In a much-anticipated ruling, U.S. District Judge Reggie B. Walton, ruled that U.S. Environmental Protection Agency exceeded its authority under the Clean Water Act and its very limited participation in Surface Mining Control and Reclamation Act (“SMCRA”) programs. This yet another ruling in a long and ever growing list of examples of the Obama administration’s EPA exceeding its statutory authority. Most recently, the D.C. District Court had held that the EPA had improperly usurped the US Army Corps of Engineer’s role in issuing Section 404 (valley fill) permits in NMA v. Jackson, 816 F.Supp.2d 37 (D. D.C. 2011) (Walton, J.) and had illegally used its veto power to revoke a validly-issued Section 404 permit in Mingo-Logan Coal Company, Inc. v. EPA, 2012 WL 975880 (D.D.C. 2012) (Jackson, J.).
In this case, (also styled NMA v. Jackson) the focus is primarily on SMCRA permits and Section 402 pollutant discharge permits (“NPDES permits”). EPA published a “Final Guidance” relating to the discharge of water with “conductivity” into Appalachian streams. Conductivity is a measure of the water to conduct an electrical current. Water becomes conductive as concentrations of dissolved solids, i.e. salts, rise. The Court found that EPA’s Final Guidance – while on its face was discretionary – mandated that state-run SMCRA permitting agencies and state-run NPDES permitting programs incorporate the Final Guidance requirements into all permits. Thus, each SMCRA permit issue would include the EPA-mandated “Best Management Practices.” Each NPDES permit would be put through a reasonable potential analysis for conductivity, and since EPA’s Final Guidance included a presumption that conductivity causes violations of a state’s narrative water quality standard, every permit would have to be issued with some limit on the discharge of water with conductivity.
Judge Walton found that EPA’s insertion of its own mandatory requirements for the construction of surface mines and for the issuance of NPDES permits improperly overtook the state SMCRA and NPDES permitting regimes. In other words, the states are charged with issuing SMCRA permits and NPDES permits, and EPA removed the state’s discretion with respect to conductivity. Accordingly, the Court struck down the Final Guidance as an agency action exceeding statutory authority. Judge Walton acknowledged that his ruling did not address how to strike a balance between “the need to preserve the verdant landscape and natural resources of Appalachia and, on the other hand, the economic role that coal mining play in the region.”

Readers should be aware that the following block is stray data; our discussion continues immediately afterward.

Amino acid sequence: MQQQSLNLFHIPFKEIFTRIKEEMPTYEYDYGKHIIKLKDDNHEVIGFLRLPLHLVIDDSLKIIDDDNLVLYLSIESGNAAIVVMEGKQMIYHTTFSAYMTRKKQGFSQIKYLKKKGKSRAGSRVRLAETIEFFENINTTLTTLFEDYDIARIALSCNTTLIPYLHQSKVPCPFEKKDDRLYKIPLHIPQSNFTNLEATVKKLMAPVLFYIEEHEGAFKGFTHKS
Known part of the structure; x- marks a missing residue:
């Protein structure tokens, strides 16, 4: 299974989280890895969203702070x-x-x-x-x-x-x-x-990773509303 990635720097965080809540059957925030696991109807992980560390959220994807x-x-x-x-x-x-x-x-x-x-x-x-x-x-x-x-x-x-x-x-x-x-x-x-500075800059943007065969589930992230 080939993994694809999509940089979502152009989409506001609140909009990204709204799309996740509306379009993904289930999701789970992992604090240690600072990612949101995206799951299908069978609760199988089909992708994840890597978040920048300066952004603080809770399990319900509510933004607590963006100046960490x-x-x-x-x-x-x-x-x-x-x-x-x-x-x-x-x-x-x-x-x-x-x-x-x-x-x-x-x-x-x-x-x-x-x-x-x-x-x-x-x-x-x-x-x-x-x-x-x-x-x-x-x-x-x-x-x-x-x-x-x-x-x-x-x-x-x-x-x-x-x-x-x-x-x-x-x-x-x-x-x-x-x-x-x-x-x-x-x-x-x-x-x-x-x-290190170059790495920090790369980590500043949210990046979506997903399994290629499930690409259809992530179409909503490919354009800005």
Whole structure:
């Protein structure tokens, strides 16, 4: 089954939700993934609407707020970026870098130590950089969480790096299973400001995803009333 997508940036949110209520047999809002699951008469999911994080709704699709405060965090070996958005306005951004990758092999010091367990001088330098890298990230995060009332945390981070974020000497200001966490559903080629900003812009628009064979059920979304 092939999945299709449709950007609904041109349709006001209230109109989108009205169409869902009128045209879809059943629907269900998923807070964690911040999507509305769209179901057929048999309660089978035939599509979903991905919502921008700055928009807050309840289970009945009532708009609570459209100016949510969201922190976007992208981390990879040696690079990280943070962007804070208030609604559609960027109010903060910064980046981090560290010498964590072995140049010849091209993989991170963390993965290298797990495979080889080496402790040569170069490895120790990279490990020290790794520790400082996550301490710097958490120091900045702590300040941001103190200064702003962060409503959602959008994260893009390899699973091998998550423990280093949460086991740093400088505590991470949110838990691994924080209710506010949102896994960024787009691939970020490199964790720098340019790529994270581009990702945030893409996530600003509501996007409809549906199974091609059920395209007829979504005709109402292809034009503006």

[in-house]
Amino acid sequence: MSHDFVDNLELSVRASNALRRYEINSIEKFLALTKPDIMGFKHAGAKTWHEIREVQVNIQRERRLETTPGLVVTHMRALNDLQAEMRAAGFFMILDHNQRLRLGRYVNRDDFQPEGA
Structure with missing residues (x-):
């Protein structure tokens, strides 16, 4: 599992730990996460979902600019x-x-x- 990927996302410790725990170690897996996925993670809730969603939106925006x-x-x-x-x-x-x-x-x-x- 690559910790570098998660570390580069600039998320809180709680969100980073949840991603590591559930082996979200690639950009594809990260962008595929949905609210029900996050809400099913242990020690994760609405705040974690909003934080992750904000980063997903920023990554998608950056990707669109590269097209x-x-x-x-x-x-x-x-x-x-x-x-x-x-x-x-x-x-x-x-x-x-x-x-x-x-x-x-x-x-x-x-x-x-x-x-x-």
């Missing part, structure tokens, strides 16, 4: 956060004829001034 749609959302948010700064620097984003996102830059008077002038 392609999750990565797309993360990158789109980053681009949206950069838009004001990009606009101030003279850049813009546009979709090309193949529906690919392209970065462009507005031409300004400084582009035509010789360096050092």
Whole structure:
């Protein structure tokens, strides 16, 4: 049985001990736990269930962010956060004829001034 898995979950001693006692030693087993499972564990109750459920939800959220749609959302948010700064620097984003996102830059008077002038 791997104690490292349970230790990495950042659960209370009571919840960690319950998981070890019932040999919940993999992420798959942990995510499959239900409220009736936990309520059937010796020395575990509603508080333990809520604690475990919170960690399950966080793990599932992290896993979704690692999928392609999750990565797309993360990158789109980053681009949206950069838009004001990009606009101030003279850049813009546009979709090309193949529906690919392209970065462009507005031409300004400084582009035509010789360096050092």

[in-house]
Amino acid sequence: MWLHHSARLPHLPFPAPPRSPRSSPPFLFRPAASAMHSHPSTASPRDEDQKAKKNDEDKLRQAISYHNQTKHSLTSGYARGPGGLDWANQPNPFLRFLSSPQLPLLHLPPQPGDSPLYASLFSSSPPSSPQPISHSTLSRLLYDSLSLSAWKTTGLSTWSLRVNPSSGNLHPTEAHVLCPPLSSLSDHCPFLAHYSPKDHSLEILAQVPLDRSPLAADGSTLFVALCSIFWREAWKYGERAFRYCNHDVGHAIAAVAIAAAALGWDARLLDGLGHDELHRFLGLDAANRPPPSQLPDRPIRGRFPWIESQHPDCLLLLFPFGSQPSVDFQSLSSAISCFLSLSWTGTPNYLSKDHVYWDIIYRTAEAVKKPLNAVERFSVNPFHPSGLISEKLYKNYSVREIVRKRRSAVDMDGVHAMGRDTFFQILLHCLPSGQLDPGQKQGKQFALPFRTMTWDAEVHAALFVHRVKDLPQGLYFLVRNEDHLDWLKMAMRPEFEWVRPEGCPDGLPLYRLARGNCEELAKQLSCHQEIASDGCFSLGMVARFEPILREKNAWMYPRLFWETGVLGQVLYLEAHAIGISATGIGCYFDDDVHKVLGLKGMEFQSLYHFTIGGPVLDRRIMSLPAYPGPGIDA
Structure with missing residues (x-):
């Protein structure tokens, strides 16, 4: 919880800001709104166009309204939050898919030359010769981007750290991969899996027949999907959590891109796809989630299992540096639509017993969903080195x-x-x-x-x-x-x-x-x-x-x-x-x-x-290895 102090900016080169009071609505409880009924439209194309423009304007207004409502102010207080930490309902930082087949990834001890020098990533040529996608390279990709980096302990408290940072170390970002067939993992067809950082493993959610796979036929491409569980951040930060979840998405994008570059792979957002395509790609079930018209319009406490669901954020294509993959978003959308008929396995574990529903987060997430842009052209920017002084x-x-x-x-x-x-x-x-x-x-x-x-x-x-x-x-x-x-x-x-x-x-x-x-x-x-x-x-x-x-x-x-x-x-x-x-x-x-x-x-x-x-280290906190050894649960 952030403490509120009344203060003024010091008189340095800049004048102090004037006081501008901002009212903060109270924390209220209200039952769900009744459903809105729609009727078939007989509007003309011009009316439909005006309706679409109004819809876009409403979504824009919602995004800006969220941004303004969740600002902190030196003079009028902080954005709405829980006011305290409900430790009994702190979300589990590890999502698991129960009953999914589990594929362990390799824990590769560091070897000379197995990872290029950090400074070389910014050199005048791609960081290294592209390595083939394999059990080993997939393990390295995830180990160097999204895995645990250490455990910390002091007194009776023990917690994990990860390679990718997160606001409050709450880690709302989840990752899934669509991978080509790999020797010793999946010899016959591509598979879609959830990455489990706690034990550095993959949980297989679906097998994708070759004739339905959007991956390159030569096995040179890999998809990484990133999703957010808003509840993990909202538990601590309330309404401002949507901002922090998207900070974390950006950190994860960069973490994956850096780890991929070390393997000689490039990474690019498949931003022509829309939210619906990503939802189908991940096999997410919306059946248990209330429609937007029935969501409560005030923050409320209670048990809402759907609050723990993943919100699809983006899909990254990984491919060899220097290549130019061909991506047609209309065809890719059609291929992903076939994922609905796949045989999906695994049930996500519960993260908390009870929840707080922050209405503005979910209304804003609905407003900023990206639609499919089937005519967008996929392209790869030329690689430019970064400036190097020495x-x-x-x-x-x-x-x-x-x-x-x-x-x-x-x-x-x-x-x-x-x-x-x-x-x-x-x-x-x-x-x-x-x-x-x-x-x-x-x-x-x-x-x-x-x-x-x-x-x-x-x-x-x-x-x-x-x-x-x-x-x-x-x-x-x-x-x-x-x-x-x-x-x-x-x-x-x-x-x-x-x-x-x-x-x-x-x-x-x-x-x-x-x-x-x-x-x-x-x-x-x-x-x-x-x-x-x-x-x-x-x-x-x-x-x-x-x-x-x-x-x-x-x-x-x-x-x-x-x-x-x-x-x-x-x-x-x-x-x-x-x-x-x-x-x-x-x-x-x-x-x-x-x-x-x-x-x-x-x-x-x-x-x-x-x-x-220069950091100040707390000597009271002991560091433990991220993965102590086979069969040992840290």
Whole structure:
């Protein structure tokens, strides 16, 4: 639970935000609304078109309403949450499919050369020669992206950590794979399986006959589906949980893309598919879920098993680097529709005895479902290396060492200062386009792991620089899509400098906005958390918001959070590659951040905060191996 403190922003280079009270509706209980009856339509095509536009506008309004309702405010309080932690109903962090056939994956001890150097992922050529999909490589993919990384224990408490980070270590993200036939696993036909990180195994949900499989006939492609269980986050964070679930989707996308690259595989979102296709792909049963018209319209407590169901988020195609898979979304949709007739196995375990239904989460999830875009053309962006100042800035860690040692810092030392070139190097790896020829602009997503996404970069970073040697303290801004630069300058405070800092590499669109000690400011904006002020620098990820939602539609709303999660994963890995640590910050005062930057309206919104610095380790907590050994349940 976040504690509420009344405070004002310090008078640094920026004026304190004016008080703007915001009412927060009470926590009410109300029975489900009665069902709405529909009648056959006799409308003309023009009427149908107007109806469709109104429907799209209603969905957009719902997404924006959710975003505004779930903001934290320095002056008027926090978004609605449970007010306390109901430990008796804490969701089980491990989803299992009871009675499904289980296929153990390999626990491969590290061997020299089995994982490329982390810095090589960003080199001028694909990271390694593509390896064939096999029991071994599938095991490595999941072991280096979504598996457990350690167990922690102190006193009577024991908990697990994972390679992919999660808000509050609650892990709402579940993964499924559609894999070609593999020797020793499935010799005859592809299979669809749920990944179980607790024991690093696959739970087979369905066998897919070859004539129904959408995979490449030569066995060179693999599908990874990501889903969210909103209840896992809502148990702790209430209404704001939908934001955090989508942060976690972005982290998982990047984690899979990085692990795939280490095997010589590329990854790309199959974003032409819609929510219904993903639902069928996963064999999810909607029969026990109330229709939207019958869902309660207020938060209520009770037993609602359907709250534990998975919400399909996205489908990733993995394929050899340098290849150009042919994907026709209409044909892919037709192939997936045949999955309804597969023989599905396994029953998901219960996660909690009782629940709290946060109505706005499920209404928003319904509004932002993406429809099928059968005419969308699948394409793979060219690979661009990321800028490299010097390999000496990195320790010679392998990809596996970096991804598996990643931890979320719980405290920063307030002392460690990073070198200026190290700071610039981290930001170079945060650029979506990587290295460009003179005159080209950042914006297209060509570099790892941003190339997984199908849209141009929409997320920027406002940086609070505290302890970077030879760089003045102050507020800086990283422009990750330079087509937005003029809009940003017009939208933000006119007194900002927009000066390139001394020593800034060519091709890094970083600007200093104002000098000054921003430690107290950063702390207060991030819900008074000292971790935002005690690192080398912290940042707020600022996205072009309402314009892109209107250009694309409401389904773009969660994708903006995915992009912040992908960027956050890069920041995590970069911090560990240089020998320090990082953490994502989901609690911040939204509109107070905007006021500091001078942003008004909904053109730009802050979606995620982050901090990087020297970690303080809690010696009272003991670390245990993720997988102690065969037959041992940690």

The ruling is considered a victory for the mining industry that has been crippled by EPA’s standards in issuing mining permits. Opponents of mountaintop removal mining, including those who recently protested and were arrested at Boone County’s Hobet mine, have expressed disappointment with the decision. However, the decision did not reach the underlying substantive “science” advocated by EPA – that conductivity at extremely low levels impairs streams. The decision merely held that the manner in which EPA sought to impose its view of the “science” – by mandating state agencies follow EPA’s view of the science wholesale -- was improper. EPA can still exercise its authority to lodge “specific objections” to NPDES permits that do not have conductivity limits. While the case represents a major victory for the coal industry, the battle over conductivity and its true effect on Appalachian streams is far from over.